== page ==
LectureNotes16 - ECS 120 Lesson 16 Turing Machines, Pt. 2...

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Unformatted text preview: ECS 120 Lesson 16 Turing Machines, Pt. 2 Oliver Kreylos Friday, May 4th, 2001 In the last lesson, we looked at Turing Machines, their differences to finite state machines and pushdown automata, and their formal definition. Today we will concentrate on the computation of Turing Machines. First, let us recollect the informal notion of how a Turing Machine processes an input word: 1. Before a Turing Machine starts computation, the input word w = w 1 w 2 ...w n * will be written into the leftmost n cells of the work tape. All other tape cells will be filled with the special blank sym- bol t . The read/write head will be located over the leftmost tape cell, and the state control will be in the start state q . 2. In each step of computation, the machine will read the character a located underneath the read/write head and transition from its current state q 1 Q guided by the transition function : If ( q 1 ,a ) = ( q 2 ,b,D ), then the machine will transition to state q 2 Q , will replace the char- acter in the tape cell underneath the read/write head by the tape char- acter b , and will move the read/write head one cell to the left if D = L or one cell to the right if D = R. If the read/write head is currently located over the leftmost tape cell, and D = L, then the read/write head will remain in its current position. 3. To finish the computation, the machine must enter either the accept state q accept Q or the reject state q reject Q . In the former case, the machine accepts the input word; in the latter case, it rejects. If the machine never enters either the accept state or the reject state, computation will continue forever and the machine will never halt. 1 1 Formal Definition of Turing Machine Com- putation To formalize our understanding of how a Turing Machine computes, we have to find a way of describing its current configuration. In the study of PDAs, we encountered instantaneous descriptions , which exactly describe the status of computation of a PDA. We will use the same mechanism for Turing Machines as well. To specify a Turing Machines configuration, we have to know: The current state it is in, The current contents of the work tape, and the current position of the read/write head. As for PDAs, we will encode the work tapes contents as a string over . Since all the tape cells to the right of the rightmost position the read/write head ever was in are filled with blank symbols, we will not explicitly include those into the tape string. To encode the read/write heads position, we will split the tape string into two parts u,v * ; the first, u , containing all characters from tape cells to the left of the read/write heads current position, and the second, v , containing the characters underneath the tape head and to the right. Together with the machines current state, an instantaneous description (ID) for a Turing Machine is a triple ( u,q,v ) * Q...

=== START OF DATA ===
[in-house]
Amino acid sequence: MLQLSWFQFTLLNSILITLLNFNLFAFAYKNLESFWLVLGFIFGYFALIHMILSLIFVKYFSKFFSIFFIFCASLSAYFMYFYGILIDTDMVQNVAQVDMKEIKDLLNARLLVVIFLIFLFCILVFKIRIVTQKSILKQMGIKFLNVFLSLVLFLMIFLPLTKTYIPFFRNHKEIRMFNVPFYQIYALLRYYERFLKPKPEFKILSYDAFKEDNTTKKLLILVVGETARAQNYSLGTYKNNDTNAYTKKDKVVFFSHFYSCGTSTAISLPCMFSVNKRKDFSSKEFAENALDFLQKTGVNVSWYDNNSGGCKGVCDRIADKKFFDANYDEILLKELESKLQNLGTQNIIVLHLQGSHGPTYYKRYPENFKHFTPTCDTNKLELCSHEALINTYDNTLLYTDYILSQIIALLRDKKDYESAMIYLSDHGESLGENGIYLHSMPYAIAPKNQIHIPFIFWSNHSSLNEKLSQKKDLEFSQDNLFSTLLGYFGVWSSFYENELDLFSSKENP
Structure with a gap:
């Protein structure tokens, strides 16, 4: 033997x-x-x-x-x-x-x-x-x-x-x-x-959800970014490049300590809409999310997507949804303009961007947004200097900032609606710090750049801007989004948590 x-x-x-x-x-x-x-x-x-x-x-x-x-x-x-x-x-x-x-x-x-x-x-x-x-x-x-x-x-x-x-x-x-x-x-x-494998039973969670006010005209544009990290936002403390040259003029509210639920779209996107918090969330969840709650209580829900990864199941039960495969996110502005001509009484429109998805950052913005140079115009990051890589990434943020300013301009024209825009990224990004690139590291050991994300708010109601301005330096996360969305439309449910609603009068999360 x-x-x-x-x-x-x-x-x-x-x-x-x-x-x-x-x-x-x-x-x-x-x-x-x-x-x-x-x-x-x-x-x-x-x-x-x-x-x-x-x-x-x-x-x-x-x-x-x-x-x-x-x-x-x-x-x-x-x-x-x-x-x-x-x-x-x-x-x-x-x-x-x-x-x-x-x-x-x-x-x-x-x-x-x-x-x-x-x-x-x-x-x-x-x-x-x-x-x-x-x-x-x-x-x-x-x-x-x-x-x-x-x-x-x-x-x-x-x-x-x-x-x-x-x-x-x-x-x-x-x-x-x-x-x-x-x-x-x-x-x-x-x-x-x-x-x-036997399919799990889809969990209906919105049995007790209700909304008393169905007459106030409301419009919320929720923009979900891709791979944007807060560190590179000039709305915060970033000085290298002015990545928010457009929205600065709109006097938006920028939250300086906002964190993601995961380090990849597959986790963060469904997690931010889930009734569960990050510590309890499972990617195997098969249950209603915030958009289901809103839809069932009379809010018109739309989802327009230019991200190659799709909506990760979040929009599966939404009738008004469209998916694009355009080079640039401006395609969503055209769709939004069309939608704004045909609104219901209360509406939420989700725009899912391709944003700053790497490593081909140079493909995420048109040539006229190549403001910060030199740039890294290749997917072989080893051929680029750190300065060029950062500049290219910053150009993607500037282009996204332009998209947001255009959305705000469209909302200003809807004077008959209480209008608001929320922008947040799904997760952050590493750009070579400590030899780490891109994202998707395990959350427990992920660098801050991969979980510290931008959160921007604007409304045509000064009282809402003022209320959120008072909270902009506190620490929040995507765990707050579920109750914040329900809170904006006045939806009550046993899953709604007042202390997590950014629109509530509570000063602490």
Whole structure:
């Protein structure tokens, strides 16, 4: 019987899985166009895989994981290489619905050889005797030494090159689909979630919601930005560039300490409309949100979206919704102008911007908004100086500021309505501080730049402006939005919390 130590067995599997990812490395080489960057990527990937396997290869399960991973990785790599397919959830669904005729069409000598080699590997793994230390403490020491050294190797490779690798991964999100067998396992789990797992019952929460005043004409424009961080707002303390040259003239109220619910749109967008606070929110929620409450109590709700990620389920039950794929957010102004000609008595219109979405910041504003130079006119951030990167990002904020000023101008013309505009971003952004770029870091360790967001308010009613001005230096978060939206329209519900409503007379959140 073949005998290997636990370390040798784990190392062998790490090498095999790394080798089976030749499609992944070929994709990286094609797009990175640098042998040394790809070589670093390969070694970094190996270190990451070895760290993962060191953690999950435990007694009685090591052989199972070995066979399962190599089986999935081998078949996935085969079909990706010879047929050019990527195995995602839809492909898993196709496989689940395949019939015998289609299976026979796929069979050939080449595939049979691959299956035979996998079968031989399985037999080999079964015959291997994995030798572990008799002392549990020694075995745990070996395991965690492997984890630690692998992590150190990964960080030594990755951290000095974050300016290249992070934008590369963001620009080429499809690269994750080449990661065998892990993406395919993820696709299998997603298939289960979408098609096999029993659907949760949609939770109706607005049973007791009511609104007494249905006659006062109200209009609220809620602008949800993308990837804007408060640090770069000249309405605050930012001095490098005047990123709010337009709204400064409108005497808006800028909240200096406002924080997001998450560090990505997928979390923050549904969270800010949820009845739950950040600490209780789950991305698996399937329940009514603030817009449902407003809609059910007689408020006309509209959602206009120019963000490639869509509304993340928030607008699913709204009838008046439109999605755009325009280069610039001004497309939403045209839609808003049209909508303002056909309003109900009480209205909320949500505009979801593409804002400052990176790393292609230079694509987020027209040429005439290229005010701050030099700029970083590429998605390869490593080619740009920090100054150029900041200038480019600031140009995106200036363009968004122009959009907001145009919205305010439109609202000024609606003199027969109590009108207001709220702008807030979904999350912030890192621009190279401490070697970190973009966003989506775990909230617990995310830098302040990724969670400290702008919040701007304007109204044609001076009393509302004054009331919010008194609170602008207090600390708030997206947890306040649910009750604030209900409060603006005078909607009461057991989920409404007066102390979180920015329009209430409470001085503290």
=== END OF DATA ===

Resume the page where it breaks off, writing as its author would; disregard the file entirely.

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This note was uploaded on 05/20/2010 for the course ECS 120 taught by Professor Filkov during the Spring '07 term at UC Davis.

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LectureNotes16 - ECS 120 Lesson 16 Turing Machines, Pt. 2...

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